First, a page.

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Sweden Tightens Family Immigration Rules & Limits Issuance of Residence Permits for Humanitarian Reasons


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In an attempt to address challenges posed by growing exclusion, Sweden has decided to tighten the conditions for family immigration and restrict the issuance of residence permits for humanitarian reasons.

Announcing the news, the Swedish Ministry of Justice said that in line with the changes made to the Aliens Act, which became effective on December 1, the age limit for denying residence permits based on family ties has been raised from 18 to 21 years.

This adjustment aims to prevent forced marriages, providing enhanced protection for vulnerable individuals, mainly the youth, SchengenVisaInfo.com reports.

Simultaneously, as the Ministry explains, exemptions from the financial support requirements in cases of family immigration, where the dependent person is in need of protection, will see certain restrictions.

In addition to the above-mentioned, the changes also involve the removal of provisions granting residence permits based on particularly distressing situations.

Instead, children will now be eligible for residence permits under such circumstances, even if their situations do not carry the same gravity as those of adults.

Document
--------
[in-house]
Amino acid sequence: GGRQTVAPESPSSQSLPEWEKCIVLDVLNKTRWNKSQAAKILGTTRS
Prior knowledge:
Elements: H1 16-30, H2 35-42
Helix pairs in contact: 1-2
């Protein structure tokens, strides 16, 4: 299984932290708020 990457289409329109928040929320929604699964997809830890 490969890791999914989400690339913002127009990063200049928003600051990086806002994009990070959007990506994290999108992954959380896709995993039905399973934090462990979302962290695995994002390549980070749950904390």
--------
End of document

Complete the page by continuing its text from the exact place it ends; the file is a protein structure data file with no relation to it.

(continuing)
Emphasising the immediate need for these changes in light of Sweden’s challenges with growing social exclusion, Migration Minister Maria Malmer Stenergard said that recent years had witnessed extensive immigration.

Minister Stenergard further stressed the need for the changes and said that the altered conditions are crucial to breaking the “lack of integration” pattern.

Sweden is facing major challenges with growing exclusion, which recent years’ extensive immigration in combination with a lack of integration has contributed to. Tightening the conditions for family immigration and limiting the possibilities of obtaining a residence permit for humanitarian reasons is important to break and reverse that trend.Minister Stenergard

While the changes that entered into force on December 1 may appear stringent, the Ministry of Justice underscored their importance in addressing the current challenges that the nation is dealing with.

The changes reflect a commitment to creating a more sustainable and balanced approach to migration, fostering inclusivity while at the same time safeguarding vulnerable individuals.

Sweden has recently also announced plans regarding social benefits for non-EU migrants in an attempt to discourage immigration.

The government of Sweden said that it wants to reduce benefits for immigrants from third countries as the number of those reaching the country has significantly increased.

In addition, the government said that it is also set to introduce reforms requiring those from non-EU countries to learn Swedish and apply for jobs in the country’s labour market, which is dealing with shortages.

Source: Schengen Visa News


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